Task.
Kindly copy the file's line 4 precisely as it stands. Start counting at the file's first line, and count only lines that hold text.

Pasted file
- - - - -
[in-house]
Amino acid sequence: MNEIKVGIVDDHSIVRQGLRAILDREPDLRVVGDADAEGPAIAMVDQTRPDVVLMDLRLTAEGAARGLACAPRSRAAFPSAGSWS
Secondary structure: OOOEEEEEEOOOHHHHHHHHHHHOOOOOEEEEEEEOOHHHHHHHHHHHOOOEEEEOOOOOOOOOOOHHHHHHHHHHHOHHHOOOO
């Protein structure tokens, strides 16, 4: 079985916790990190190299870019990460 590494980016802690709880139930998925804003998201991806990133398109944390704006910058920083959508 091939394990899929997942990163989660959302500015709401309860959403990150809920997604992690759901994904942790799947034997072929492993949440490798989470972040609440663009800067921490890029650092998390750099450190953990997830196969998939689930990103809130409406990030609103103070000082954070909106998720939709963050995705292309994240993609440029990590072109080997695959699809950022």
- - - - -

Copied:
């Protein structure tokens, strides 16, 4: 079985916790990190190299870019990460 590494980016802690709880139930998925804003998201991806990133398109944390704006910058920083959508 091939394990899929997942990163989660959302500015709401309860959403990150809920997604992690759901994904942790799947034997072929492993949440490798989470972040609440663009800067921490890029650092998390750099450190953990997830196969998939689930990103809130409406990030609103103070000082954070909106998720939709963050995705292309994240993609440029990590072109080997695959699809950022």